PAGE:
scale keyword in fix langevin

Hello everybody,

I am simulating a system of polymers and nanoparticles (NPs) using brownian dynamics implemented via fix nve + fix langevin.

At the beginning, I set a single ‘damp’ parameter for all the species in the systems (monomers and NPs), but then I realized that by doing so the viscosity of the system will not be well-defined, because the small monomers and the large NPs will experience the same friction, and for the Stokes law the fritction coefficient (m/damp) should be proportional to the radius of the particle.

I then decided to scale the ‘damp’ parameter with a factor m/R (m=mass, R=radius) using the ‘scale’ keyword of fix langevin. This should give a well-defined, unique viscosity to the implicit solvent I am simulating. To be more precise, a free monomer and a free NP freely diffusing now satisfy the Stokes-Einstein relation with the same value of the viscosity (which I verified).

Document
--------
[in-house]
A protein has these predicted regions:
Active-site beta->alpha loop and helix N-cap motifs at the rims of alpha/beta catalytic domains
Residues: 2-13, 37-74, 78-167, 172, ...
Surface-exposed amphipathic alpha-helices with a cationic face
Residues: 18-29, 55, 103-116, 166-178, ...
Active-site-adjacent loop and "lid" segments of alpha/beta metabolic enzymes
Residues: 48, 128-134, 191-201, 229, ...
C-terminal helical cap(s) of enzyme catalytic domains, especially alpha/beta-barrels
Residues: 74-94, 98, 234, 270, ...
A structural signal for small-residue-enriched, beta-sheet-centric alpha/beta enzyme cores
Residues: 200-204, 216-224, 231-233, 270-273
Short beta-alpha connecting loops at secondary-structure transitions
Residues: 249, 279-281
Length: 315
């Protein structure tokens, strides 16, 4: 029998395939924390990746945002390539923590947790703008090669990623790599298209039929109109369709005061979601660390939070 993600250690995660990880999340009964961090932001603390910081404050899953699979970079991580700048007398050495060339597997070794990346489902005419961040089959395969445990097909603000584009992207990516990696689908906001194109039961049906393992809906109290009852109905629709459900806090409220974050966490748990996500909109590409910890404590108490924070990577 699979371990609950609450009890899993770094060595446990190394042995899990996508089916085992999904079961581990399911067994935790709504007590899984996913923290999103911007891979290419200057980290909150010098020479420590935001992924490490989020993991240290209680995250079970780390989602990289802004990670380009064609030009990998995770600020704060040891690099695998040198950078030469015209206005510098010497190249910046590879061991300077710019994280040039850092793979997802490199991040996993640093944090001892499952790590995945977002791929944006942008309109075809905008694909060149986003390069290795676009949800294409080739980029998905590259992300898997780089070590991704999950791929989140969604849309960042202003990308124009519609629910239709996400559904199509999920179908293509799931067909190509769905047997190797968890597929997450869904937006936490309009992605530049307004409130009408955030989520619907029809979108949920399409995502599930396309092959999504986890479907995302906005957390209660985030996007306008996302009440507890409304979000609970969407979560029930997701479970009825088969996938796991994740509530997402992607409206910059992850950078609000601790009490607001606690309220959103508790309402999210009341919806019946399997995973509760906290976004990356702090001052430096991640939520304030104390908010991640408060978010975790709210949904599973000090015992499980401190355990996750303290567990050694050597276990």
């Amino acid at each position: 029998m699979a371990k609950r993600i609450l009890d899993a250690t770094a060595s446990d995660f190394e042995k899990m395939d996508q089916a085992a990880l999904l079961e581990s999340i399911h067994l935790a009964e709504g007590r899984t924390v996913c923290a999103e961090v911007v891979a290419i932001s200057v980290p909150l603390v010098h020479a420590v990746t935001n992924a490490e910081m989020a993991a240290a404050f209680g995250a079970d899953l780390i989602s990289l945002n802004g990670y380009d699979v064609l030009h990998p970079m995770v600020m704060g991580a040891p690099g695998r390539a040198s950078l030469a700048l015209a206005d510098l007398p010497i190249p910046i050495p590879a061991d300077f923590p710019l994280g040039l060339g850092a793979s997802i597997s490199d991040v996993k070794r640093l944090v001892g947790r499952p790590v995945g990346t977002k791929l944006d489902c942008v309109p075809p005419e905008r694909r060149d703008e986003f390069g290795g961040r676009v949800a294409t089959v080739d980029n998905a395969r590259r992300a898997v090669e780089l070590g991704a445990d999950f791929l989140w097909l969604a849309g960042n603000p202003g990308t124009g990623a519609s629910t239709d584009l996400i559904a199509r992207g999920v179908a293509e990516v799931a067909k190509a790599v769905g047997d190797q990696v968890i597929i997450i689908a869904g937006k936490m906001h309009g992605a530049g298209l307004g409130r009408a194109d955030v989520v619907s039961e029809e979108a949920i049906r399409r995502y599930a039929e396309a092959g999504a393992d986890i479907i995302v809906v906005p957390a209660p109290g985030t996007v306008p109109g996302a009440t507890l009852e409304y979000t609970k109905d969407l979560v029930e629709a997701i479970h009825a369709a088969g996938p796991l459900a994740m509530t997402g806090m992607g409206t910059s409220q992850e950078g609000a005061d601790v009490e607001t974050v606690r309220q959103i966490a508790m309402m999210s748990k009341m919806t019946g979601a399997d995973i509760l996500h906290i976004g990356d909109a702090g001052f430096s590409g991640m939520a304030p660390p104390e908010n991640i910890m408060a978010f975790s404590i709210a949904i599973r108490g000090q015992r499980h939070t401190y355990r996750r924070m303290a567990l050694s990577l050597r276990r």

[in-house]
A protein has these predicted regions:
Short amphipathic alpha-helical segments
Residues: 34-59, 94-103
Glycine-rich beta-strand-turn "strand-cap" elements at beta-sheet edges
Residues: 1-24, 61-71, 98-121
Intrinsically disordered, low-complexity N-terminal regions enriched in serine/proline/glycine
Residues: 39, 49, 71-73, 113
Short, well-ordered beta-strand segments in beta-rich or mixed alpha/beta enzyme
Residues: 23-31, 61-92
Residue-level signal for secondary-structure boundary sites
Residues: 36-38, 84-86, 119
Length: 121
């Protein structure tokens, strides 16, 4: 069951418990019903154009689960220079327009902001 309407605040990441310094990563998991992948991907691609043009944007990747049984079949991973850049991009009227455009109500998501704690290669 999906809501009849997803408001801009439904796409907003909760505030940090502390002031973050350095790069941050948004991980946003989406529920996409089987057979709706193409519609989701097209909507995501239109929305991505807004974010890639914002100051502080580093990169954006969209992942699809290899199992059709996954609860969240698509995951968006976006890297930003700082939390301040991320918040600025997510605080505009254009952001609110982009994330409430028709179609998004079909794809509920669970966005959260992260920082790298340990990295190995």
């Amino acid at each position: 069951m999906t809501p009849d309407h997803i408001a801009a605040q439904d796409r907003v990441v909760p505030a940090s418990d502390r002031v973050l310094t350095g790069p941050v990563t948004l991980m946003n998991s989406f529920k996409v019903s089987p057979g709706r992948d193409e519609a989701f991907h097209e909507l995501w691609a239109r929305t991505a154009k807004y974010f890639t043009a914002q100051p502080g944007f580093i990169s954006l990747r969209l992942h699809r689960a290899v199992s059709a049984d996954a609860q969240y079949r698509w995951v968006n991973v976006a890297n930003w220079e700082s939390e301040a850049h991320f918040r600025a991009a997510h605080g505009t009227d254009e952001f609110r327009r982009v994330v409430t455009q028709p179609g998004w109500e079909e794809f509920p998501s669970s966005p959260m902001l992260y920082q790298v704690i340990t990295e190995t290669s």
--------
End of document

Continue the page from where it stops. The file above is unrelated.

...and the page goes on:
But then, reading many articles about simulations of polydisperse systems, many of which realized with LAMMPS, I found no mention of the need to use different ‘damp’ parameters for particles of different size when using a langevin thermostat.

So I began wondering: is my reasoning correct?

Thank you very much,


Not really a LAMMPS Q, but maybe someone will answer …


Not really a LAMMPS Q, but maybe someone will answer ...

​i don't have an answer to offer but a speculation. using fix langevin to
model an implicit solvent is a quite large approximation as it is, so i can
imagine that some people consider applying this scale factor as not
significant. there also is the chance that a) the publications predate the
implementation of the scale keyword in LAMMPS or b) that the people
publishing were not aware of it. the LAMMPS documentation is large and some
people have a tendency to only study it thoroughly, when they have problems
(and some don't even do that :-().

on the other hand, LAMMPS also offers more sophisticated generalized
langevin thermostat/integrators, e.g. in fix gld or fix gle, that may be
worth considering when worrying about the plain langevin ​implementation.


Thank you for your answer. Yes, it may be that the approximation is already so severe that they don’t really care…

In any case, I will take a look at those other thermostats.

All the best,